Threshold-dominated regulation hides genetic variation in gene expression networks.

Gjuvsland AB, Plahte E, Omholt SW - BMC Syst Biol (2007)

In the case of very steep sigmoids, the (μ1, μ2) space of Model 2 is divided into 5 domains, each domain comprising the parameter values giving a particular type of SSP. For example, in the domain denoted (Z1, 1), x1 is at its threshold and is singular, thus Z1 ≠ 0, 1, while x2 is above its threshold, thus Z2 = 1. Only in the shaded domain are both variables singular and actively regulating. For steep, but not infinitely steep response functions the relations are approximately true.
© Copyright Policy - open-access
Related In: Results  -  Collection

License
Show All Figures
getmorefigures.php?uid=PMC2238762&req=5

Figure 7: In the case of very steep sigmoids, the (μ1, μ2) space of Model 2 is divided into 5 domains, each domain comprising the parameter values giving a particular type of SSP. For example, in the domain denoted (Z1, 1), x1 is at its threshold and is singular, thus Z1 ≠ 0, 1, while x2 is above its threshold, thus Z2 = 1. Only in the shaded domain are both variables singular and actively regulating. For steep, but not infinitely steep response functions the relations are approximately true.
Mentions: A comparison of CV1 and CV2 for all models show a distinct difference in robustness of x1 and x2 for Model 2 and Model 11 (Fig. 5d). We can explain this difference by how the character of the stationary point varies over the parameter space (Fig. 7 for Model 2). One can see that x1 is singular for all μ2 > 1 independent of μ1, while the domain in which x2 is singular is much smaller and with a strongly narrowing band. In this band, all points are close to the boundary, and robustness in x2 is very easily lost. Accordingly, the probability of having a perturbed point in parameter space in which the singular state is preserved is much less for x2 than for x1, just as seen in Fig. 5. For Model 11 the situation is similar.

Bottom Line: If the parameter perturbation shifts the equilibrium value too far away from threshold, the gene product is no longer an effective regulator and robustness is lost.In the present study all feedback loops are negative, and our results suggest that threshold robustness is maintained by negative feedback which necessarily exists in the homeostatic state.Our results suggest that threshold regulation is a generic phenomenon in feedback-regulated networks with sigmoidal response functions, at least when there is no positive feedback.

View Article: PubMed Central - HTML - PubMed

Affiliation: Department of Animal Science and Aquaculture, Norwegian University of Life Sciences, 1432 As, Norway. arne.gjuvsland@cigene.no

ABSTRACT

Background: In dynamical models with feedback and sigmoidal response functions, some or all variables have thresholds around which they regulate themselves or other variables. A mathematical analysis has shown that when the dose-response functions approach binary or on/off responses, any variable with an equilibrium value close to one of its thresholds is very robust to parameter perturbations of a homeostatic state. We denote this threshold robustness. To check the empirical relevance of this phenomenon with response function steepnesses ranging from a near on/off response down to Michaelis-Menten conditions, we have performed a simulation study to investigate the degree of threshold robustness in models for a three-gene system with one downstream gene, using several logical input gates, but excluding models with positive feedback to avoid multistationarity. Varying parameter values representing functional genetic variation, we have analysed the coefficient of variation (CV) of the gene product concentrations in the stable state for the regulating genes in absolute terms and compared to the CV for the unregulating downstream gene. The sigmoidal or binary dose-response functions in these models can be considered as phenomenological models of the aggregated effects on protein or mRNA expression rates of all cellular reactions involved in gene expression.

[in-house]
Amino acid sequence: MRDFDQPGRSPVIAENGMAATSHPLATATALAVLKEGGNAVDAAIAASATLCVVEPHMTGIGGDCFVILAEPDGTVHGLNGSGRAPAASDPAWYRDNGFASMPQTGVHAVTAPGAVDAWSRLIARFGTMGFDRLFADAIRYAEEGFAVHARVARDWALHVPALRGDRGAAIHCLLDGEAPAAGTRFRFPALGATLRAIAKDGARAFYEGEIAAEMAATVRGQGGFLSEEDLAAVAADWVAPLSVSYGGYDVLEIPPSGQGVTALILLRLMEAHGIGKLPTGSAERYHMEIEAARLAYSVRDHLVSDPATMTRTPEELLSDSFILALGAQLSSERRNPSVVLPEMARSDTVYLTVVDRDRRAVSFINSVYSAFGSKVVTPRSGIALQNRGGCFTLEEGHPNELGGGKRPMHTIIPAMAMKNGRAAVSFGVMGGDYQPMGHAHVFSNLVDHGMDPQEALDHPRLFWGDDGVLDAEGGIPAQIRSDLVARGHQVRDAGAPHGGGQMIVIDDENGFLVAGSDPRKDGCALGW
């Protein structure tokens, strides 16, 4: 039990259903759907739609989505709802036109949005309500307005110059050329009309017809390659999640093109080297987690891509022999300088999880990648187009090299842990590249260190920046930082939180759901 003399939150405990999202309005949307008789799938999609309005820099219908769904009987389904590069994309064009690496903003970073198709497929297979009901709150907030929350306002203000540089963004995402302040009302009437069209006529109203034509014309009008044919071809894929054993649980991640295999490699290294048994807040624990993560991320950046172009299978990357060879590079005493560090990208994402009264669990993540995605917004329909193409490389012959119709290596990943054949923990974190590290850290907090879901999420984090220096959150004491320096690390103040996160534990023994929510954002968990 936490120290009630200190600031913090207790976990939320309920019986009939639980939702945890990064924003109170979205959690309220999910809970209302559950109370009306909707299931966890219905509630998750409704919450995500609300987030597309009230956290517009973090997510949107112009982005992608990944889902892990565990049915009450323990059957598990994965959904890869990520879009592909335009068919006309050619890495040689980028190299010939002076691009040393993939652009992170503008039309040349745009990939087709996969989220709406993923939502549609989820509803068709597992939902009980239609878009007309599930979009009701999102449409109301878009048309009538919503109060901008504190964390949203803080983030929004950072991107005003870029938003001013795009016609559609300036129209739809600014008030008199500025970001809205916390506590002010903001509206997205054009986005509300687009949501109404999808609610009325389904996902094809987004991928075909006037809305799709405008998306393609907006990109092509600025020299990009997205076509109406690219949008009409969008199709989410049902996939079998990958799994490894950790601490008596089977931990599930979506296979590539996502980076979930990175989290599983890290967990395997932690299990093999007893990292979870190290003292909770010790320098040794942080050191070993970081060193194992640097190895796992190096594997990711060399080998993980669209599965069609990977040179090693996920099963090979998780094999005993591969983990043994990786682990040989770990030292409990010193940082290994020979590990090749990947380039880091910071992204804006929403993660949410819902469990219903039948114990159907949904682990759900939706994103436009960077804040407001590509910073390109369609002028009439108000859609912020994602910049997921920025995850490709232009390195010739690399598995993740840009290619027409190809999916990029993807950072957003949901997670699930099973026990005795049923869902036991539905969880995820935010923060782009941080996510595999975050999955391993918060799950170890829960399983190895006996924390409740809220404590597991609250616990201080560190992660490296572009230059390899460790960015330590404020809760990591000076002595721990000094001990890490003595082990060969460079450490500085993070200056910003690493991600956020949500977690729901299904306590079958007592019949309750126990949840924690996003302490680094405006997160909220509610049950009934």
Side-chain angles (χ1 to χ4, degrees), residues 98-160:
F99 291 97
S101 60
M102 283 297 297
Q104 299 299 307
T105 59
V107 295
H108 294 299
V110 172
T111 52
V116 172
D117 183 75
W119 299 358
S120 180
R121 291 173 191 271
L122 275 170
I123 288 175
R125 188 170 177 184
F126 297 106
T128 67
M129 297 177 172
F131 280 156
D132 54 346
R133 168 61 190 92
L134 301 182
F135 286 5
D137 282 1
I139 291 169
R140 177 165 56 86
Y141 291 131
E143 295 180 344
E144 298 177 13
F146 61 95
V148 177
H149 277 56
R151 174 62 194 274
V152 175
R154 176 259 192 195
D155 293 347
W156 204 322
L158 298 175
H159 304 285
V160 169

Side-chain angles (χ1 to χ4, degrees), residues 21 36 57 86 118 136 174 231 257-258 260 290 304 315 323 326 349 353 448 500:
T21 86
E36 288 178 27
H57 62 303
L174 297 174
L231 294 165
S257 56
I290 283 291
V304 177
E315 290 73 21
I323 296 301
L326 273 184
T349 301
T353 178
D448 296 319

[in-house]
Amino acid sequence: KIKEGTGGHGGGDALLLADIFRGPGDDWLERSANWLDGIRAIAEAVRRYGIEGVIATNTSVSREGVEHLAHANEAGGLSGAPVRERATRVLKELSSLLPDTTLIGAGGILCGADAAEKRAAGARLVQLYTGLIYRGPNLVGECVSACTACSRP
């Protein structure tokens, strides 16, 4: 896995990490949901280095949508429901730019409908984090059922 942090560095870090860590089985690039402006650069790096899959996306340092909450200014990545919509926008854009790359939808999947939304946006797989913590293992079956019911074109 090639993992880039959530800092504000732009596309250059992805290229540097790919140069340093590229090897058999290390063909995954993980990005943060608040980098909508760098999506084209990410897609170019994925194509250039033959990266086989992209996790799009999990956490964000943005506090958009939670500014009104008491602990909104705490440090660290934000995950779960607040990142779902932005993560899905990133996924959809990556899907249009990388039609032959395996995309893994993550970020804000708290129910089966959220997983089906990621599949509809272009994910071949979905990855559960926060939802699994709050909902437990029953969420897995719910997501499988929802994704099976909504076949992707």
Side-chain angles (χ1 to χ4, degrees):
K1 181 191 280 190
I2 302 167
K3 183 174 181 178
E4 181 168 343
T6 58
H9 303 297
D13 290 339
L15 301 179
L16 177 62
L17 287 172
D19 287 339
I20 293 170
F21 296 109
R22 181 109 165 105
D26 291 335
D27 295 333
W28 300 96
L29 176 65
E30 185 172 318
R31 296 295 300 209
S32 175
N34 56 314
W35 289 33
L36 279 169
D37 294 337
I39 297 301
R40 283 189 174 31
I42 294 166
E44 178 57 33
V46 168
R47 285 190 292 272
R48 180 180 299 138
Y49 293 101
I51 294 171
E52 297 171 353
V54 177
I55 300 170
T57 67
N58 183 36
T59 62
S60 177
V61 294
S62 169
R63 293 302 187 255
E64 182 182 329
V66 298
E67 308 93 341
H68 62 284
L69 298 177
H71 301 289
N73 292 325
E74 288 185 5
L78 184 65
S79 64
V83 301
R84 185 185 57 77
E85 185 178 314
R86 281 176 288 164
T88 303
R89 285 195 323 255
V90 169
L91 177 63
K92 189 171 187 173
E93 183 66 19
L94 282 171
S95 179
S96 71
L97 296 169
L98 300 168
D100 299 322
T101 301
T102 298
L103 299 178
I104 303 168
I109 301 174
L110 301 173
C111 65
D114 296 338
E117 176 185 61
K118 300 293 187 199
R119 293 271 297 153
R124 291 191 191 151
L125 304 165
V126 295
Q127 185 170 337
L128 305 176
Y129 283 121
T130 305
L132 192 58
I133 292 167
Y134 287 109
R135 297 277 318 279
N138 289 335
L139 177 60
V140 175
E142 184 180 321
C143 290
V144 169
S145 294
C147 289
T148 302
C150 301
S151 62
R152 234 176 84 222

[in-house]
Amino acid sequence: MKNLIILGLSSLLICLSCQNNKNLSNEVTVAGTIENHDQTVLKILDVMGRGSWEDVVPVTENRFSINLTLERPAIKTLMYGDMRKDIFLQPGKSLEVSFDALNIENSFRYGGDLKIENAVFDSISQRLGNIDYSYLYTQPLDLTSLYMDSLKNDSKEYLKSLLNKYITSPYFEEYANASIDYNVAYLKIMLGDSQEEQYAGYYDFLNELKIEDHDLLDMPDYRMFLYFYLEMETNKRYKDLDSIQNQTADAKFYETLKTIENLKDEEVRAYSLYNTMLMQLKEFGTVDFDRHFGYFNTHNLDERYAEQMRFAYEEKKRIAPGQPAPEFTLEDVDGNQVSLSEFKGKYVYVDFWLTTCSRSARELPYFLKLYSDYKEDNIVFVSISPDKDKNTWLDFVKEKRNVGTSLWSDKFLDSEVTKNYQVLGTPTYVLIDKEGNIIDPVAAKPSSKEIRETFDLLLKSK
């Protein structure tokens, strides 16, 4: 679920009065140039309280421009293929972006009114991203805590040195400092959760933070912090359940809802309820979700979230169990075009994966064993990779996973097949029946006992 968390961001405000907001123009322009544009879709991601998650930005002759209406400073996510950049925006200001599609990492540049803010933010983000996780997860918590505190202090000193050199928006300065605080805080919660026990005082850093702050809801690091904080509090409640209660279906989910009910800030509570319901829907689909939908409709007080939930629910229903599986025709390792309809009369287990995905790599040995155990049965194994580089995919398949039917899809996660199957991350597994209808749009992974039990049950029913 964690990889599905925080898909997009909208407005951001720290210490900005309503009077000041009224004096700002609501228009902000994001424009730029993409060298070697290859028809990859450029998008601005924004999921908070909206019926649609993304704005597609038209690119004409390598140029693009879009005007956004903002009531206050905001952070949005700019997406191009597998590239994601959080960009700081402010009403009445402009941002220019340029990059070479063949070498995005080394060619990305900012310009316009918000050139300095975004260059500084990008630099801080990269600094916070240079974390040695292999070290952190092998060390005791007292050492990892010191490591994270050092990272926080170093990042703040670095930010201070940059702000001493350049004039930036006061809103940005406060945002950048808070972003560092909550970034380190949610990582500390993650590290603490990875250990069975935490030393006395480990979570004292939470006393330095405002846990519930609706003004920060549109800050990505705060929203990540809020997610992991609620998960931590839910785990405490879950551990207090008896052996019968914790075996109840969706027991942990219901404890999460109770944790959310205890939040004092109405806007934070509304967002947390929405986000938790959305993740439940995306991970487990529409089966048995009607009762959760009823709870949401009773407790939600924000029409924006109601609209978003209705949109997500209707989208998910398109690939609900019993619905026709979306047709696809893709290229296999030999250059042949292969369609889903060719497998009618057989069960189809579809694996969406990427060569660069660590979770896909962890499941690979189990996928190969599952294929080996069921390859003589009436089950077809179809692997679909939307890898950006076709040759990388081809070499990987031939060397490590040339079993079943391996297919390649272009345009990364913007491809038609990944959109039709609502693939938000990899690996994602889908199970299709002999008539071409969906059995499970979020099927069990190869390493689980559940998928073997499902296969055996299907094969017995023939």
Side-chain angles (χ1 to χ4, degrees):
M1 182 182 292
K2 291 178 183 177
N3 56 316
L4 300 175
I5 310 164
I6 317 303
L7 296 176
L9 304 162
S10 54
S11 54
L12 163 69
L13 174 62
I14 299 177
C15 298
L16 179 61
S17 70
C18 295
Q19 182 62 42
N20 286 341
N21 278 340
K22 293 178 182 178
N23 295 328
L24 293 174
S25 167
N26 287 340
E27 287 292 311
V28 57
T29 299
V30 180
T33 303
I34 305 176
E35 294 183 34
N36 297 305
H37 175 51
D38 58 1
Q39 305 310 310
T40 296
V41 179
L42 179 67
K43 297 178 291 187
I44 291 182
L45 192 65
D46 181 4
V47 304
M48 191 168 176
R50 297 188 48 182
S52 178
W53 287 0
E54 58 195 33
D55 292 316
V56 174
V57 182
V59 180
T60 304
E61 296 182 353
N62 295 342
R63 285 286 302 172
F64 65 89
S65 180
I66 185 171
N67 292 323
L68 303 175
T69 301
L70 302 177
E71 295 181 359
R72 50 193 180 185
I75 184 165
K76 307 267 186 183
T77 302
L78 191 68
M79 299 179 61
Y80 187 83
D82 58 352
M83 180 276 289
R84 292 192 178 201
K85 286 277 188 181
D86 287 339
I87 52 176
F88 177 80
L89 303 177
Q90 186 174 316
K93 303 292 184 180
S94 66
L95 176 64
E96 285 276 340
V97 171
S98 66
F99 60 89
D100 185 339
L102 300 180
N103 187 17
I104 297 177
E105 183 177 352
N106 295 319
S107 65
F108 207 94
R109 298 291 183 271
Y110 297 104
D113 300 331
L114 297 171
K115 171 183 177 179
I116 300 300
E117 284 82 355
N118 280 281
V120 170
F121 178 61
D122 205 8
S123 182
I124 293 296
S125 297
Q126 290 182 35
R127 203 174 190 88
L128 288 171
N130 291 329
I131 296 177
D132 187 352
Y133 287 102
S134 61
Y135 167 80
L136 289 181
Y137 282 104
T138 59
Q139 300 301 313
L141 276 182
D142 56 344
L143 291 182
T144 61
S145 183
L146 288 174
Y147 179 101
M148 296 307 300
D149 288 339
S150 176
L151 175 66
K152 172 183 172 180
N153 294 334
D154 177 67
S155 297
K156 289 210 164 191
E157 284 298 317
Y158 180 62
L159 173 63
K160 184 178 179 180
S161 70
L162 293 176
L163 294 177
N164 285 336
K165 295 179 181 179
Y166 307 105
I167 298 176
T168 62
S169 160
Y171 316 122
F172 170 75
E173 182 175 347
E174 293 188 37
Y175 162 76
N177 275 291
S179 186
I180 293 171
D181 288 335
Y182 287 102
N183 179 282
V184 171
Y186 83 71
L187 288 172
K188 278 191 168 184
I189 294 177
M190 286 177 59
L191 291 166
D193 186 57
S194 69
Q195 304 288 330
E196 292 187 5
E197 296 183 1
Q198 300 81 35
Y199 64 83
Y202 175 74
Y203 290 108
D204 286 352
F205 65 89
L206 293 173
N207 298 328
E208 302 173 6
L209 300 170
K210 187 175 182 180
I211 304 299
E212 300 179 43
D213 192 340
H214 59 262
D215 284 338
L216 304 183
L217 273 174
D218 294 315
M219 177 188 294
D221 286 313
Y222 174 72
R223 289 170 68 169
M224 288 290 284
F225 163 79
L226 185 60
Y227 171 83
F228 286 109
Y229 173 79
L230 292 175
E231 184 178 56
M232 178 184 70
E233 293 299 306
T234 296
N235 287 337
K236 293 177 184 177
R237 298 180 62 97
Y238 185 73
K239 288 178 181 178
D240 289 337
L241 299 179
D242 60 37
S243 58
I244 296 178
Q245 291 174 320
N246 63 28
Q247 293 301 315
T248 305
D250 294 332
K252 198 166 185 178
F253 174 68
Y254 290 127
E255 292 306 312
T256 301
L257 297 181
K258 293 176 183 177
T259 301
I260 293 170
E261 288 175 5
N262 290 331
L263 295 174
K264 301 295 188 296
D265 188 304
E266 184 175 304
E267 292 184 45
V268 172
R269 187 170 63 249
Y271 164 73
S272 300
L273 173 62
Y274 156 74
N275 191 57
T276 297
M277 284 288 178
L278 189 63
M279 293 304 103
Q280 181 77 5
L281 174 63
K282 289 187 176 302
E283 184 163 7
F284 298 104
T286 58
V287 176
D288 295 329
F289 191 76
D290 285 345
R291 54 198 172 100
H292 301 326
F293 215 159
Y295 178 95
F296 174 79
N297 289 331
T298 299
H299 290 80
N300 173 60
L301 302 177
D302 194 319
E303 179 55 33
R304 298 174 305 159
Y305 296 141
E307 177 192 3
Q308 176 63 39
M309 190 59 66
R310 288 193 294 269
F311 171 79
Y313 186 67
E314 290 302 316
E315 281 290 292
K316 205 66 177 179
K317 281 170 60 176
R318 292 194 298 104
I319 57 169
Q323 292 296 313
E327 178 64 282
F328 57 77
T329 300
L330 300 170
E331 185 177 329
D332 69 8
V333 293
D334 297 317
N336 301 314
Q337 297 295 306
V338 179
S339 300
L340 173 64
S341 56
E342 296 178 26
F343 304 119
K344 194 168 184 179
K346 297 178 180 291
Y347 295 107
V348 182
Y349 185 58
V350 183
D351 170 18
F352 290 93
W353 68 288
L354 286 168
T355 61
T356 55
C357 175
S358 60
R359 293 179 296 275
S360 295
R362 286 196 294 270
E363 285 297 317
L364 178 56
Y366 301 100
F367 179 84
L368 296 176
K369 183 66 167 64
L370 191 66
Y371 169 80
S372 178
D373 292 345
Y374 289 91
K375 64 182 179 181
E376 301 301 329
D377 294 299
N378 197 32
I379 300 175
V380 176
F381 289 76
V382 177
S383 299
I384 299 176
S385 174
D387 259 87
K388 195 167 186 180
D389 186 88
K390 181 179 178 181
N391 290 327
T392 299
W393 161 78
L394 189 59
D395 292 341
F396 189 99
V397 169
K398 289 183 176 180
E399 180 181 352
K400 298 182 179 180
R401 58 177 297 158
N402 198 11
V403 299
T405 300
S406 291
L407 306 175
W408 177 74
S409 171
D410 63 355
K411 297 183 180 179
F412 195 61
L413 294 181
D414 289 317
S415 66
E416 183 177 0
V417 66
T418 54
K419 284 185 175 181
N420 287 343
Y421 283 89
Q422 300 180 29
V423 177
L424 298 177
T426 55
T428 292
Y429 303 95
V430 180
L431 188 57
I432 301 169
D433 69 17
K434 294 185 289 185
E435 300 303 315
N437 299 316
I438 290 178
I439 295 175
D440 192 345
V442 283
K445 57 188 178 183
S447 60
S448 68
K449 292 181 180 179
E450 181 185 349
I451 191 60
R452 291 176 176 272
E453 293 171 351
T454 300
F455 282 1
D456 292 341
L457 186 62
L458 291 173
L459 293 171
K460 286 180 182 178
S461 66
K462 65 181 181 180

Results: For all the models, threshold robustness increases with increasing response steepness. The CVs of the regulating genes are significantly smaller than for the unregulating gene, in particular for steep responses. The effect becomes less prominent as steepnesses approach Michaelis-Menten conditions. If the parameter perturbation shifts the equilibrium value too far away from threshold, the gene product is no longer an effective regulator and robustness is lost. Threshold robustness arises when a variable is an active regulator around its threshold, and this function is maintained by the feedback loop that the regulator necessarily takes part in and also is regulated by. In the present study all feedback loops are negative, and our results suggest that threshold robustness is maintained by negative feedback which necessarily exists in the homeostatic state.

Conclusion: Threshold robustness of a variable can be seen as its ability to maintain an active regulation around its threshold in a homeostatic state despite external perturbations. The feedback loop that the system necessarily possesses in this state, ensures that the robust variable is itself regulated and kept close to its threshold. Our results suggest that threshold regulation is a generic phenomenon in feedback-regulated networks with sigmoidal response functions, at least when there is no positive feedback. Threshold robustness in gene regulatory networks illustrates that hidden genetic variation can be explained by systemic properties of the genotype-phenotype map.

Show MeSH
Related in: MedlinePlus